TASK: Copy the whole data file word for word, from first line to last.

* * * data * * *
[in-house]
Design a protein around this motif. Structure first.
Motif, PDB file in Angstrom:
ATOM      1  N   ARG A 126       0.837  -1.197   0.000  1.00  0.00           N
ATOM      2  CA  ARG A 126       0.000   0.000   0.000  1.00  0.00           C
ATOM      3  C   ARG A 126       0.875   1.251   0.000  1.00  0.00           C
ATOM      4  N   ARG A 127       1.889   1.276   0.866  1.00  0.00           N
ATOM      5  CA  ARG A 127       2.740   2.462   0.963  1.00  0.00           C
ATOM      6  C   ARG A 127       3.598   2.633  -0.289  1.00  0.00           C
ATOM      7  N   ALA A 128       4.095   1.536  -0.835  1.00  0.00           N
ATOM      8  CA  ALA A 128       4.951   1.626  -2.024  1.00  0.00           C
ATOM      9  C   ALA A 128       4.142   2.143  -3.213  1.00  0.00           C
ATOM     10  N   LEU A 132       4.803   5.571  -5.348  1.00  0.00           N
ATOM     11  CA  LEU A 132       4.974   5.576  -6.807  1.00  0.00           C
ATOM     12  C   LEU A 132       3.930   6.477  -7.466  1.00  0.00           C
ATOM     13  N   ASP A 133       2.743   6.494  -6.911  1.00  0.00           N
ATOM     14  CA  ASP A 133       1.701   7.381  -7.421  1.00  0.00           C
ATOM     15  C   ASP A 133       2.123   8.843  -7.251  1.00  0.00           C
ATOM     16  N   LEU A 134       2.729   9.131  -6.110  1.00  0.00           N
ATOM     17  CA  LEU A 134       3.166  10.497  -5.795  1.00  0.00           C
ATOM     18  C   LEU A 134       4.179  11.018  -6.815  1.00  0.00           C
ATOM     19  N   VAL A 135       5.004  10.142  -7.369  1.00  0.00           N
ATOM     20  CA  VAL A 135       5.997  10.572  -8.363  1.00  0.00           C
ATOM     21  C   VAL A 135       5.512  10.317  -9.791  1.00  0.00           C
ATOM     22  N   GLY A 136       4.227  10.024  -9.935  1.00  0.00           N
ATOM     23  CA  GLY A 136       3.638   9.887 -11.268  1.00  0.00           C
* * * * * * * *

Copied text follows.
[in-house]
Design a protein around this motif. Structure first.
Motif, PDB file in Angstrom:
ATOM      1  N   ARG A 126       0.837  -1.197   0.000  1.00  0.00           N
ATOM      2  CA  ARG A 126       0.000   0.000   0.000  1.00  0.00           C
ATOM      3  C   ARG A 126       0.875   1.251   0.000  1.00  0.00           C
ATOM      4  N   ARG A 127       1.889   1.276   0.866  1.00  0.00           N
ATOM      5  CA  ARG A 127       2.740   2.462   0.963  1.00  0.00           C
ATOM      6  C   ARG A 127       3.598   2.633  -0.289  1.00  0.00           C
ATOM      7  N   ALA A 128       4.095   1.536  -0.835  1.00  0.00           N
ATOM      8  CA  ALA A 128       4.951   1.626  -2.024  1.00  0.00           C
ATOM      9  C   ALA A 128       4.142   2.143  -3.213  1.00  0.00           C
ATOM     10  N   LEU A 132       4.803   5.571  -5.348  1.00  0.00           N
ATOM     11  CA  LEU A 132       4.974   5.576  -6.807  1.00  0.00           C
ATOM     12  C   LEU A 132       3.930   6.477  -7.466  1.00  0.00           C
ATOM     13  N   ASP A 133       2.743   6.494  -6.911  1.00  0.00           N
ATOM     14  CA  ASP A 133       1.701   7.381  -7.421  1.00  0.00           C
ATOM     15  C   ASP A 133       2.123   8.843  -7.251  1.00  0.00           C
ATOM     16  N   LEU A 134       2.729   9.131  -6.110  1.00  0.00           N
ATOM     17  CA  LEU A 134       3.166  10.497  -5.795  1.00  0.00           C
ATOM     18  C   LEU A 134       4.179  11.018  -6.815  1.00  0.00           C
ATOM     19  N   VAL A 135       5.004  10.142  -7.369  1.00  0.00           N
ATOM     20  CA  VAL A 135       5.997  10.572  -8.363  1.00  0.00           C
ATOM     21  C   VAL A 135       5.512  10.317  -9.791  1.00  0.00           C
ATOM     22  N   GLY A 136       4.227  10.024  -9.935  1.00  0.00           N
ATOM     23  CA  GLY A 136       3.638   9.887 -11.268  1.00  0.00           C